It is very uncommon for Germany's government officials to drive anything but German-made automobiles. The auto industry is key for the country, and it doesn't seem to appreciate competition. Despite this, Johannes Remmel, a German Environment Minister, abandoned norms, and picked up a Tesla Model S for himself.
German Environment Minister, Johannes Remmel: Image Credit: Johannes Remmel
Public notice and disfavor of the acquisition was primarily fueled by the car's hefty price tag (~$115,000 for the Model S P90D), which was paid for with government money.
Remmel retorted that there isn't another fully-electric option with range that will allow him to carry out his governmental responsibilities, and the more expensive P90D had more range than cheaper Model S variants. Remmel's state of North-Rhine Westphalia is Germany's most populous, and fourth-largest, at over 13,000 square miles.
If one of Germany's big three automakers (BMW, Daimler, and Volkswagen) had a comparable vehicle, one can assume that Remmel would have followed tradition.
Tesla has recently creatively reconfigured base pricing in Germany for the Model S because the country's incentives conveniently left out the vehicle, due to its high price point. Based on the way the incentive law reads, the $115,000 Tesla Model S qualifies, since the base model now falls beneath the pricing threshold.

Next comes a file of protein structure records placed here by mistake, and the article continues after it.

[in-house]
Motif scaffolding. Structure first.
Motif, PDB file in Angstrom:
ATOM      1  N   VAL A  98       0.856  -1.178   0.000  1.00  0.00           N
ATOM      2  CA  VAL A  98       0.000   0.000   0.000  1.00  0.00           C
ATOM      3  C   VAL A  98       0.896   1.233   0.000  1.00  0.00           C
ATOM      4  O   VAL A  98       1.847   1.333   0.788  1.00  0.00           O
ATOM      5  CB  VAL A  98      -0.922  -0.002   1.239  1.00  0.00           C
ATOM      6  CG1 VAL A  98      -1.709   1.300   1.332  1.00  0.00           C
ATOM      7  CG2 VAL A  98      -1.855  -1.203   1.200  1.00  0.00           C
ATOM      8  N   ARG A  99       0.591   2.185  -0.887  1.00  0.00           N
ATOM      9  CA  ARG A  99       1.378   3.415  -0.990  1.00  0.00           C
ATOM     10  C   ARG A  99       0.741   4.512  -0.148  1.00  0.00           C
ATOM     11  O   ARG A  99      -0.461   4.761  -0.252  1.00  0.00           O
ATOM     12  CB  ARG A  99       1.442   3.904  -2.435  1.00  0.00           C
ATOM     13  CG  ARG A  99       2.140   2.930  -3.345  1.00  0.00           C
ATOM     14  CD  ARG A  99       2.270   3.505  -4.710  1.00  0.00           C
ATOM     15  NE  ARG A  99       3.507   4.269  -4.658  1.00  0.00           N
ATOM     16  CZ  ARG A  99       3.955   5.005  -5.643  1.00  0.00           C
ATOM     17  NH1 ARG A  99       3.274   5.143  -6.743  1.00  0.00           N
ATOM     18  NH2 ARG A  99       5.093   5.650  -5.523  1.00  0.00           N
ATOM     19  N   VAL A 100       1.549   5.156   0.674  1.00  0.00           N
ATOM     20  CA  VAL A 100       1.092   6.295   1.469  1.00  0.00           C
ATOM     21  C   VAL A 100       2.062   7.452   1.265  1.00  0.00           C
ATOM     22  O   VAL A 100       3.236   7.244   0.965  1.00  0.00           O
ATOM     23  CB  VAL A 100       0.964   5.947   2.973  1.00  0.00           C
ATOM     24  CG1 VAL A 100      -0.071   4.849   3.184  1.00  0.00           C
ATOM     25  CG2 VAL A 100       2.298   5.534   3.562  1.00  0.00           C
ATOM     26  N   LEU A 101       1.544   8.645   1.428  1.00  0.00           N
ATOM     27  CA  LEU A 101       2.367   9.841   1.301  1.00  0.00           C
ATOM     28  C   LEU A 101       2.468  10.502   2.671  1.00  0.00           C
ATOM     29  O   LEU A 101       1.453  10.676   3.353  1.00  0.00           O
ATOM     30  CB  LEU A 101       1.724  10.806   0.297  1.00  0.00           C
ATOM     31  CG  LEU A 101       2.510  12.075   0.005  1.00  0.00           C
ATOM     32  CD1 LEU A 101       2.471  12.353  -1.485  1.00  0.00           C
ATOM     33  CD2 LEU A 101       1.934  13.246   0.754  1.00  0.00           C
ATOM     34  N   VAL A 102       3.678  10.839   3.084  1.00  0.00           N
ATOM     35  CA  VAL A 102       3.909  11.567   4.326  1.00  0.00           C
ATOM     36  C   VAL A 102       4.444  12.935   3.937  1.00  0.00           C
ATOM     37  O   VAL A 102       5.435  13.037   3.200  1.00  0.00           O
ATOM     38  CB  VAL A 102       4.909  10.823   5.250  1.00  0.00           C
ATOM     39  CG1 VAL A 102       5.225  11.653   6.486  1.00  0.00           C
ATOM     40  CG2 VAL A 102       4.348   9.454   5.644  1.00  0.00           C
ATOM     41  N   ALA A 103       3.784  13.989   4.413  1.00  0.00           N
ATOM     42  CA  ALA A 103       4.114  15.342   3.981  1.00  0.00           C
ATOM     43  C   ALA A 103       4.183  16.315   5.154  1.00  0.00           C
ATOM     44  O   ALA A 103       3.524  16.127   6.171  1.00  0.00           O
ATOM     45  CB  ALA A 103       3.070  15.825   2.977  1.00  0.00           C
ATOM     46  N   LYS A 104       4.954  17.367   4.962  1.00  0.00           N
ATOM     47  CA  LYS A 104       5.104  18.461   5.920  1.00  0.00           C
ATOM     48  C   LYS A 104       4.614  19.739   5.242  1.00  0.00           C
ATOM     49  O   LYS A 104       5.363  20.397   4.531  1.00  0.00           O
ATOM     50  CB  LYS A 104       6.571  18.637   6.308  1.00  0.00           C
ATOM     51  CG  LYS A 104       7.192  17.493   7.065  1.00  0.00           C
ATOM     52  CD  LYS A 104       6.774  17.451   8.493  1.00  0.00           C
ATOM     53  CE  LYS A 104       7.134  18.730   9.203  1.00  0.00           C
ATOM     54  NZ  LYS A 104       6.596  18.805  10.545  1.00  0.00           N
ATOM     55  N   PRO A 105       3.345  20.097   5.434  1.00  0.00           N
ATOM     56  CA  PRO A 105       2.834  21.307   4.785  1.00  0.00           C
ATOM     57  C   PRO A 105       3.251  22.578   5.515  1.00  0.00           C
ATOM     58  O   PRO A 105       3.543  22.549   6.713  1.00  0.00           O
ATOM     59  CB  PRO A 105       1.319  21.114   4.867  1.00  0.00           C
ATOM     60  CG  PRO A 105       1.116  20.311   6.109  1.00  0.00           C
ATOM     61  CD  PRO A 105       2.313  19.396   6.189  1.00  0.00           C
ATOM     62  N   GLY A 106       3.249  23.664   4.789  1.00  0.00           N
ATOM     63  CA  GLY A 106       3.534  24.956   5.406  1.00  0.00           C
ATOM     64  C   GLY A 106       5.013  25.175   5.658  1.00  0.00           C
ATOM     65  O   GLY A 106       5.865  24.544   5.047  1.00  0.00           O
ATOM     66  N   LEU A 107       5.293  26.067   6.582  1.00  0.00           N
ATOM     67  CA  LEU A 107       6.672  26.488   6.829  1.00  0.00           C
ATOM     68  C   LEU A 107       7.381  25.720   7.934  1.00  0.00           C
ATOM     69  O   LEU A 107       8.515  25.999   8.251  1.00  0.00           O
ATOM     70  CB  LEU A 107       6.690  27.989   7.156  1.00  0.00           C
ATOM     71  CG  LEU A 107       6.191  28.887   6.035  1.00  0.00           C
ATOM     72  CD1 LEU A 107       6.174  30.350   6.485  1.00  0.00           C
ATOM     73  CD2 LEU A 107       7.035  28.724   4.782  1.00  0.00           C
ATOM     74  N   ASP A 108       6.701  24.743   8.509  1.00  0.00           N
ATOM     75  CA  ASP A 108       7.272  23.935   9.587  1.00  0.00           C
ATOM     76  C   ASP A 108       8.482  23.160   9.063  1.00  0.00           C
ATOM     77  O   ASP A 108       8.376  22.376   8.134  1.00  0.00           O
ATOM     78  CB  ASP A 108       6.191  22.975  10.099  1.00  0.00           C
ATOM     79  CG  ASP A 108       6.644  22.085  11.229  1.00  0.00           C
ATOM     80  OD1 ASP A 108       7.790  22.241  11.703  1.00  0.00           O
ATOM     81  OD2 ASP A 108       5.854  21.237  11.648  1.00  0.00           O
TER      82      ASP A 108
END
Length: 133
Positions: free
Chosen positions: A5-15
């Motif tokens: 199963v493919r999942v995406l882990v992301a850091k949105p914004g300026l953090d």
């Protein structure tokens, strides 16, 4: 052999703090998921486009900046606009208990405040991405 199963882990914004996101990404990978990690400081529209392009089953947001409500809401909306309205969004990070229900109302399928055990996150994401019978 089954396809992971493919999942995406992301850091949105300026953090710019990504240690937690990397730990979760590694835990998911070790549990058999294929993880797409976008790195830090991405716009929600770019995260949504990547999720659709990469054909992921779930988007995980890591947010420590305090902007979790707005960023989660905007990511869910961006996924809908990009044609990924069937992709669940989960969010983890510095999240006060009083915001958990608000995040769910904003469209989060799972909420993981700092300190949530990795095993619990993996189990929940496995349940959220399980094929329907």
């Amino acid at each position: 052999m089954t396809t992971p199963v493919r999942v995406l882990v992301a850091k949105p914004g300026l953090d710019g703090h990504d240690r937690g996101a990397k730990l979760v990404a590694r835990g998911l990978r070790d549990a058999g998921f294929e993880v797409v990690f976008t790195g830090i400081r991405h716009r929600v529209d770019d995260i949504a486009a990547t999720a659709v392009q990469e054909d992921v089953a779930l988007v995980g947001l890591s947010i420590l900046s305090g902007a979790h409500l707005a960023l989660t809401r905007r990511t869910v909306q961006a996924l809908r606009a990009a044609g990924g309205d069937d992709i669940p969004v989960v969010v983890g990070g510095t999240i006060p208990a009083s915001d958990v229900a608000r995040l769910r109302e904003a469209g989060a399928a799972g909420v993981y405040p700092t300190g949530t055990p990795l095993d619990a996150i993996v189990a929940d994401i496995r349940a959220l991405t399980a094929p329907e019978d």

Not only are the German automakers surely troubled by the fact that Tesla has "beat the system," but now the rebate that Johannes Remmel and the Ministry of the Environment will likely receive, is being partly funded by the three German automakers. It looks like the three companies need to act fast on their promises to get with the program on long-range EVs. It should only be a matter of time before Remmel will be able to trade in his Tesla for a fully-electric long-range German EV.